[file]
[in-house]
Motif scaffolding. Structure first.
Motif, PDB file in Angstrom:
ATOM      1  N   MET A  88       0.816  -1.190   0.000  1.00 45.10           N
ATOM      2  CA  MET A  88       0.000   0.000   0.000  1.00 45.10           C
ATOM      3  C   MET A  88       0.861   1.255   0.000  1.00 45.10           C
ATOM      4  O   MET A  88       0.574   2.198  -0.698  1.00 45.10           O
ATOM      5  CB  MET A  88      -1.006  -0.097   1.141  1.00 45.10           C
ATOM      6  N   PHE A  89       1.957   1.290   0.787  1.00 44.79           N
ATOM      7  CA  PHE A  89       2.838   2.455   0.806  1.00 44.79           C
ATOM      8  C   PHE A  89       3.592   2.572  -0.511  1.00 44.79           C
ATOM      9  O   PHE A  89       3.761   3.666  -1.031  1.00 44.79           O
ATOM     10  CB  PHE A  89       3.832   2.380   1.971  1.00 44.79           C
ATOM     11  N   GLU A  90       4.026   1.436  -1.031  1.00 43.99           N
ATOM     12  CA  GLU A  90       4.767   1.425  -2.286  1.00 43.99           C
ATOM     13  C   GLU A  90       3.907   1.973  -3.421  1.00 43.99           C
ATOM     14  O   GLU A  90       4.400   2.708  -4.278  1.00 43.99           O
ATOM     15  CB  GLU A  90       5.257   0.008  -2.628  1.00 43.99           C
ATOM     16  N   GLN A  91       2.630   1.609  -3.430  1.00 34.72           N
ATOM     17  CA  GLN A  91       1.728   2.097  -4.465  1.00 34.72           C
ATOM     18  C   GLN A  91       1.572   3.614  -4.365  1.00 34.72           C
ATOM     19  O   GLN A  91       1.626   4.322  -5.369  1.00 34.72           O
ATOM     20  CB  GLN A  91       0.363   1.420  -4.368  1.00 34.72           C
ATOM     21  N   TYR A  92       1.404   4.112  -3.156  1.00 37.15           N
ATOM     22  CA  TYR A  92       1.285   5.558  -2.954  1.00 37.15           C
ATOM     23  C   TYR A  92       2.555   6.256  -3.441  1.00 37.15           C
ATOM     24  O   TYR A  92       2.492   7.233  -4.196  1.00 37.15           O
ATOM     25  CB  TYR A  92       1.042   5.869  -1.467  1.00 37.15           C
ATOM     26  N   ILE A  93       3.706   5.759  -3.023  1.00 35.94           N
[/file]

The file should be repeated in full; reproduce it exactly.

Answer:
[in-house]
Motif scaffolding. Structure first.
Motif, PDB file in Angstrom:
ATOM      1  N   MET A  88       0.816  -1.190   0.000  1.00 45.10           N
ATOM      2  CA  MET A  88       0.000   0.000   0.000  1.00 45.10           C
ATOM      3  C   MET A  88       0.861   1.255   0.000  1.00 45.10           C
ATOM      4  O   MET A  88       0.574   2.198  -0.698  1.00 45.10           O
ATOM      5  CB  MET A  88      -1.006  -0.097   1.141  1.00 45.10           C
ATOM      6  N   PHE A  89       1.957   1.290   0.787  1.00 44.79           N
ATOM      7  CA  PHE A  89       2.838   2.455   0.806  1.00 44.79           C
ATOM      8  C   PHE A  89       3.592   2.572  -0.511  1.00 44.79           C
ATOM      9  O   PHE A  89       3.761   3.666  -1.031  1.00 44.79           O
ATOM     10  CB  PHE A  89       3.832   2.380   1.971  1.00 44.79           C
ATOM     11  N   GLU A  90       4.026   1.436  -1.031  1.00 43.99           N
ATOM     12  CA  GLU A  90       4.767   1.425  -2.286  1.00 43.99           C
ATOM     13  C   GLU A  90       3.907   1.973  -3.421  1.00 43.99           C
ATOM     14  O   GLU A  90       4.400   2.708  -4.278  1.00 43.99           O
ATOM     15  CB  GLU A  90       5.257   0.008  -2.628  1.00 43.99           C
ATOM     16  N   GLN A  91       2.630   1.609  -3.430  1.00 34.72           N
ATOM     17  CA  GLN A  91       1.728   2.097  -4.465  1.00 34.72           C
ATOM     18  C   GLN A  91       1.572   3.614  -4.365  1.00 34.72           C
ATOM     19  O   GLN A  91       1.626   4.322  -5.369  1.00 34.72           O
ATOM     20  CB  GLN A  91       0.363   1.420  -4.368  1.00 34.72           C
ATOM     21  N   TYR A  92       1.404   4.112  -3.156  1.00 37.15           N
ATOM     22  CA  TYR A  92       1.285   5.558  -2.954  1.00 37.15           C
ATOM     23  C   TYR A  92       2.555   6.256  -3.441  1.00 37.15           C
ATOM     24  O   TYR A  92       2.492   7.233  -4.196  1.00 37.15           O
ATOM     25  CB  TYR A  92       1.042   5.869  -1.467  1.00 37.15           C
ATOM     26  N   ILE A  93       3.706   5.759  -3.023  1.00 35.94           N